When Waddell first took over as principal in 1943, Kingville was limited in terms of both its faculty, there were only nine teachers, and its student enrichment programs — but that soon changed. During his tenure, he created sports teams, including a football team, the Kingville Panthers, a band and choral group and recruited several qualified teachers, many of whom had master’s degrees. He also expanded opportunities offered at the school, including creating a popular brick-laying program, allowing students to enter the workforce with a set of skills upon graduation.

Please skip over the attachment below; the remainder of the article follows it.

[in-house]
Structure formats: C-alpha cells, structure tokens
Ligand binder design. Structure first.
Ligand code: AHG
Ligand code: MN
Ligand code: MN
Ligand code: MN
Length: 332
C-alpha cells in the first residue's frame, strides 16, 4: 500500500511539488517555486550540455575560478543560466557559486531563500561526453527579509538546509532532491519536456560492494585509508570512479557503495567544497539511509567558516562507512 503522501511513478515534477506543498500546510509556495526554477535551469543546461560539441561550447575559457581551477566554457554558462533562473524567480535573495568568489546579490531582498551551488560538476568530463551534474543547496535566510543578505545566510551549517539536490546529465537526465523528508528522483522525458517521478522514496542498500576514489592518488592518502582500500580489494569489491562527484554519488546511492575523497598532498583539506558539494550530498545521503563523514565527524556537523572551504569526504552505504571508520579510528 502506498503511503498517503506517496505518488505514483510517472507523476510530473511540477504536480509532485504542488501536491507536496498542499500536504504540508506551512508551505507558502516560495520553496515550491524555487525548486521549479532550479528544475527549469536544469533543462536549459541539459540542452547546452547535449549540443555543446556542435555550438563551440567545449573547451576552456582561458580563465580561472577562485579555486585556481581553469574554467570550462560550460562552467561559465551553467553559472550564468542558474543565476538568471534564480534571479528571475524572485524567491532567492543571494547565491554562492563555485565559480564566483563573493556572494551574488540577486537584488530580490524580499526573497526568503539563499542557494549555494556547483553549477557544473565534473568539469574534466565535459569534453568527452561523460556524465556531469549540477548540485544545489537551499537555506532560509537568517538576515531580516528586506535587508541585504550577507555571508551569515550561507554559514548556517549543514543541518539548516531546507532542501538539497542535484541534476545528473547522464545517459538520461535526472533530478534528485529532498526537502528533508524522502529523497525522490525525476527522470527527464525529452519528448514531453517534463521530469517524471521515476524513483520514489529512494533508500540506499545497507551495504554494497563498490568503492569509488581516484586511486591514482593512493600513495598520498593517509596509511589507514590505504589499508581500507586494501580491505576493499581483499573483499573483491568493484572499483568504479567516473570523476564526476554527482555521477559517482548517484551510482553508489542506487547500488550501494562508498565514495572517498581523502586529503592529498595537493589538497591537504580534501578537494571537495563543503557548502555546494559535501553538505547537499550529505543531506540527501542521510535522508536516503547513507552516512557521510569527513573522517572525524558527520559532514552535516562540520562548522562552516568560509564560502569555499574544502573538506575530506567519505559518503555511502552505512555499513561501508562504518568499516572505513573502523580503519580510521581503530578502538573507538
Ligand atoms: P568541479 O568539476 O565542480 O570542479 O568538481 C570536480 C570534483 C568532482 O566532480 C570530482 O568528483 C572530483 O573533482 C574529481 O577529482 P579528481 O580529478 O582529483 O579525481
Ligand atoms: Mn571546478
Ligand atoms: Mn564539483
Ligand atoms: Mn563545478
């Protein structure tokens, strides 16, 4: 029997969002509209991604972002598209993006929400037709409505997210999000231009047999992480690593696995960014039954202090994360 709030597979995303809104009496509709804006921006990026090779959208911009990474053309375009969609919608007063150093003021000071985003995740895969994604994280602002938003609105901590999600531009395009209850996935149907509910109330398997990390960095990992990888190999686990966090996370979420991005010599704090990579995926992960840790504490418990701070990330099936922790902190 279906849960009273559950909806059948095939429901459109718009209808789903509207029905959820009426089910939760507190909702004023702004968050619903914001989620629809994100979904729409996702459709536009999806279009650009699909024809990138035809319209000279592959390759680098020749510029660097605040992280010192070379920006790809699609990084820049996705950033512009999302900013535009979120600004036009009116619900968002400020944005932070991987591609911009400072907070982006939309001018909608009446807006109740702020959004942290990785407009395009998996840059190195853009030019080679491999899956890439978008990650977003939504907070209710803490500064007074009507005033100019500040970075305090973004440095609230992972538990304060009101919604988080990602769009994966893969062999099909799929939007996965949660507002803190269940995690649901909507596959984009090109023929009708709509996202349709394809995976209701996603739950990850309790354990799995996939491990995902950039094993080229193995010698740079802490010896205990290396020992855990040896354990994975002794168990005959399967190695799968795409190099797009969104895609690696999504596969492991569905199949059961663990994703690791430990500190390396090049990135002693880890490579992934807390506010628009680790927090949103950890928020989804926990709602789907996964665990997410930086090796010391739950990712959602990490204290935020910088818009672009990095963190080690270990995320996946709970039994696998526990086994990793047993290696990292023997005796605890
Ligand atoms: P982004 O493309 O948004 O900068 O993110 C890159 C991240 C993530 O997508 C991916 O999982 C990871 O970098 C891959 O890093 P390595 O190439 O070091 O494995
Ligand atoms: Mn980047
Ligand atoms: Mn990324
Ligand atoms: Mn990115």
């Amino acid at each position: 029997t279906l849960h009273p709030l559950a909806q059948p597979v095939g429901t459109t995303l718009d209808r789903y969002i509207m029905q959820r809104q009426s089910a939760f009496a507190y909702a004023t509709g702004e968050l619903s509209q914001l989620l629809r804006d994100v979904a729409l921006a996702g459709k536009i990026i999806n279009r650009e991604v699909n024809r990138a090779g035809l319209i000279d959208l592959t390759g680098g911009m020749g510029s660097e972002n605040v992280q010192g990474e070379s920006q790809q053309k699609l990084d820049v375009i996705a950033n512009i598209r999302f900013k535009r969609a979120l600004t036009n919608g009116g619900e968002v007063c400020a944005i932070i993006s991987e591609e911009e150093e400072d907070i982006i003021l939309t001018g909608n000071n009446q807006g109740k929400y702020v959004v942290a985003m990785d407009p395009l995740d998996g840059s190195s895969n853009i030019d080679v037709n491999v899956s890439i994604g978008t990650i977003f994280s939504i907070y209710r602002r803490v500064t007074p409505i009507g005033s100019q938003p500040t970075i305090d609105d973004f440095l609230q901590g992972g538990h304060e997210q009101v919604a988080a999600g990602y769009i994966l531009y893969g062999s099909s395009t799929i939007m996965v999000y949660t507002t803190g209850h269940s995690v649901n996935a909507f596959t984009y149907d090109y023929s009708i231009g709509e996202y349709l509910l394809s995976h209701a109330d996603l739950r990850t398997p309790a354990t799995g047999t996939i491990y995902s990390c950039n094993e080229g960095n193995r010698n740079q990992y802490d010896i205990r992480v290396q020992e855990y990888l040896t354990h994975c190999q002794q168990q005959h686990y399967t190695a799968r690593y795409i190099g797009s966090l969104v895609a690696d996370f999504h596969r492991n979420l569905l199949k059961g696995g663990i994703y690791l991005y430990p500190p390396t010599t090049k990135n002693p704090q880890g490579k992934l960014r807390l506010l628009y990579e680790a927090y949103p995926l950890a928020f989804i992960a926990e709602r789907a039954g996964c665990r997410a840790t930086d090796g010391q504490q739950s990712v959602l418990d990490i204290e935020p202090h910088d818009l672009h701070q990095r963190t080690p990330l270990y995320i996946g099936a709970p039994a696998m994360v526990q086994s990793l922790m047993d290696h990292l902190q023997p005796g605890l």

Even though he was a larger than life figure for many students, they still respected him and did not want to do anything to disappoint him, as he could be a strict disciplinarian.

Whenever students acted up, all the teachers had to do was convey the threat that they would be sent to Waddell’s office and “nine times out of 10, they would straighten up,” Stanback said.

Waddell worked to ensure his students not only received a proper education, but were cared for in other key areas. He made contact with a local Black dentist and doctor, who would regularly provide medical checkups for students who might otherwise not have the financial means to receive such care.

“That’s where a lot of the kids got medical care,” Stanback said, including herself.

Stanback remembers Waddell also opened a dairy bar along Waddell Drive, for people to come together and socialize.

“He saw a need and he put that dairy bar where we could go and have our own place,” she said.